3,500 calories to lose one pound?

There is a generalized statement floating around mainstream fitness enthusiasts regarding how many calories it takes to burn off one pound of bodyweight. Many are led to believe a loss of 3,500 calories is required to lose one pound of weight. According to recent research, it’s possible to lose much more at the same energy deficit. Although haste makes waste when it comes to muscle preservation.

In Matrix, a 1999 science-fiction action movie, humans were separated between a tangible reality and a computer-generated dreamscape. The world known as reality was actually being produced by a sophisticated supercomputer. People were unconsciously living their lives in the Matrix, unaware of any deception. In the real world, their body heat and bioelectricity was used to generate energy for the machines that kept them contained. Human bodies, grown in pods and artificially controlled, were exploited as batteries.

Energy is needed by the body to stay alive, warm and active. Loosely defined, energy is the power used to do work, produce heat or emit light. It can not be created or destroyed – only changed from one form to another. When the human body’s core temperature increases, energy is being converted to heat. We obtain energy contained within food and drinks; such as carbohydrates, proteins and fats. We oxidize dietary macro nutrients to produce energy for automatic and voluntary bodily functions and movements. Energy is also used to build new tissues for growth and repair.

To maintain bodyweight, input must match output. To lose bodyweight, a person must consume less energy (food calories) than he/she expends (activity plus basal metabolic rate). Different people require different amounts of energy. Some activities and physical environments require more energy than others.

Energy is measured in joules (J) and calories (cal). A joule is defined as the energy needed to move one kilogram across one meter with the force of one Newton. A calorie is defined as the energy required for raising the temperature of one gram of water from 14.5 to 15.5 degrees Celsius. One calorie is equal to 4.184 J.

Since people use a lot of energy, nutritionists use larger units to measure consumption. For instance, 1,000 calories are equal to one kilocalorie (kcal), commonly known as a food calorie. Nutrition facts on food labels display “calories” when they are actually referring to kilocalories.

One megajoule (MJ) is equivalent to 1,000 kJ; or 1 million joules. To measure energy intake and output in the human body, one megajoule equals 239 kcal. One kilocalorie is a mere 4.184 kJ. Using this information, a 3,500 calorie deficit is equivalent to 14,644 kJ.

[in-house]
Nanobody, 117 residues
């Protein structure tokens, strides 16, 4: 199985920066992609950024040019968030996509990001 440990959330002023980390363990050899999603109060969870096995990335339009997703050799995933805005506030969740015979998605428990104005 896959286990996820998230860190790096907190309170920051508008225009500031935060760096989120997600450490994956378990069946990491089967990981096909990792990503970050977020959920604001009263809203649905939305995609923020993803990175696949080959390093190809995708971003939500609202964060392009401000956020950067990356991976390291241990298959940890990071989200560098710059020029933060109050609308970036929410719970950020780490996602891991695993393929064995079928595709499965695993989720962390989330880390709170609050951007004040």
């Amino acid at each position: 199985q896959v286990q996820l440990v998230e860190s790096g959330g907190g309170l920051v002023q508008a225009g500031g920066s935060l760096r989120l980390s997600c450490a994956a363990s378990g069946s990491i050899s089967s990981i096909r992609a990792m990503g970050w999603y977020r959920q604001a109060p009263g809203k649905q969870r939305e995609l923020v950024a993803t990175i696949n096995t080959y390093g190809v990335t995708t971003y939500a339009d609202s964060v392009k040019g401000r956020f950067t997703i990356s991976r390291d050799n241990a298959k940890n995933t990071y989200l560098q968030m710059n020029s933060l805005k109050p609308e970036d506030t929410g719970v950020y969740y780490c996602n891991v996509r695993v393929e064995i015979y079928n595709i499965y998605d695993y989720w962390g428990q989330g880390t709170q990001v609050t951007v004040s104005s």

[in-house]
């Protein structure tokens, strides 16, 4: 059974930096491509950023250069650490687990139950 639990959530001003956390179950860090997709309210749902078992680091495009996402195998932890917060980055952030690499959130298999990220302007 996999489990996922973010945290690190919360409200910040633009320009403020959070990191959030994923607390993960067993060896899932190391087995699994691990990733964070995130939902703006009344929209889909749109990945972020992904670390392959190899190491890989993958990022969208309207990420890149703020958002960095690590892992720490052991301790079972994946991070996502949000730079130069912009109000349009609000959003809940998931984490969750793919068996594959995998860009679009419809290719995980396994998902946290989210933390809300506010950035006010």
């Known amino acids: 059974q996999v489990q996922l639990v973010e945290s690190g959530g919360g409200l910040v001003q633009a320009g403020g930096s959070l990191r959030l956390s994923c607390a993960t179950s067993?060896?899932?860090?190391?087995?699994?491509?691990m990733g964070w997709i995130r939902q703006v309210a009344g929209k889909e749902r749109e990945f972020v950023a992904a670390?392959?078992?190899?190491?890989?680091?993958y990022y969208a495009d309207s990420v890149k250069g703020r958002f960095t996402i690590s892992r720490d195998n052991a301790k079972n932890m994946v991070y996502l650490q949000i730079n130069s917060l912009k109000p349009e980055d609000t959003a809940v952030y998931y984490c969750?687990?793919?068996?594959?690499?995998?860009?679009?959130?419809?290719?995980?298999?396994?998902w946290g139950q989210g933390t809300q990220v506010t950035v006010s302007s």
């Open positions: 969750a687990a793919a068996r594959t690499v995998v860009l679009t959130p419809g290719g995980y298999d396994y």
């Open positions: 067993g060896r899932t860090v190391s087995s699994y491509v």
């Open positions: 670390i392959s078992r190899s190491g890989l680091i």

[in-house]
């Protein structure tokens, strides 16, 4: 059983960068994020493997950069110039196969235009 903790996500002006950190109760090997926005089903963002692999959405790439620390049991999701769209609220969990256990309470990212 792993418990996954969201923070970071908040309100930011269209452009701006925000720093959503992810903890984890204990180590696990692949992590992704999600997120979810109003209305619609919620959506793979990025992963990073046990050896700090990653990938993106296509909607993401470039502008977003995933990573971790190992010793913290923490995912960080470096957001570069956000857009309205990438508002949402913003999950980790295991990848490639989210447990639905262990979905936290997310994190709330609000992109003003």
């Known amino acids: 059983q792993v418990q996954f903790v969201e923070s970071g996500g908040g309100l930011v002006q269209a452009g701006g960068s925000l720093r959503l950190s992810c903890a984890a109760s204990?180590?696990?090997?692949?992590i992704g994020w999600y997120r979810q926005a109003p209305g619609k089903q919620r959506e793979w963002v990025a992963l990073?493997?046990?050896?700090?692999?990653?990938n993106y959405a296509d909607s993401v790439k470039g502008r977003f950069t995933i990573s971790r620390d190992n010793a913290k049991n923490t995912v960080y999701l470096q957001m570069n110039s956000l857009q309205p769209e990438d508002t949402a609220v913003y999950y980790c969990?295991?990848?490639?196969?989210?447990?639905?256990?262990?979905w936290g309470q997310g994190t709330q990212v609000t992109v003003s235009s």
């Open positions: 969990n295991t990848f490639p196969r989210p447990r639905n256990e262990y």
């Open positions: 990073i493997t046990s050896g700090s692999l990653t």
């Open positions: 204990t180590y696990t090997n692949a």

On Sept. 11, the International Journal of Obesity published a meticulous look into how human metabolism affects how the body burns substrates for fuel. The research from the National Institutes of Health, in Bethesda, Md., explained how glycogen, stored carbohydrate, and protein have similar energy densities with comparable water in body tissues. According to their research, the metabolizable energy densities of body glycogen, protein and fat are 17.6, 19.7 and 39.5 MJ per kilogram, respectively.

To calculate the loss of pure muscle (protein), 19.7 MJ could be converted to 19,700 kJ; which further breaks down to 4,708.41 kcal. A person who burns 3,500 kcal (14,644 kJ) could chop 740 grams (.74 kg), or 1.6 pounds of pure muscle off the body. This is much more than a one-pound weight loss.

What about pure fat loss? First, convert 39.5 MJ into 39,500 kJ. This is equivalent to 9,440.73 kcal. Burning 3,500 calories would chop 370 grams (.37 kg), or around 13 ounces (.814 pounds) of lard – not even a pound!

The underlining issue is: the body doesn’t burn pure fat or muscle – and stored glycogen is readily available and routinely used to feed the metabolic furnace. A sustained deficit can result in an increased rate of weight loss; if metabolized tissue comes less from fat and more from less energy dense lean body mass. Resistance training and high-protein diets are routinely used to preserve muscle while losing fat.

If weight loss slows over time, either energy expenditure is decreasing or dietary energy intake is increasing. The later is a likely event since less body mass requires less energy for maintenance. Weight loss should be a slow process – if maximum fat loss and muscle preservation is the goal. While maintaining the same caloric deficit, considerable falls in bodyweight may be eluding to an increase in metabolized lean body mass.

Manipulations in diet (input) and physical activities (output) can lead the body toward a preference, but a combination of substrates will always fuel the human battery. Burning a pound of body weight is much more complicated than a simple 3,500-calorie deficit.

KD Hall, What is the required energy deficit per unit weight loss? Int J Obes, 2007.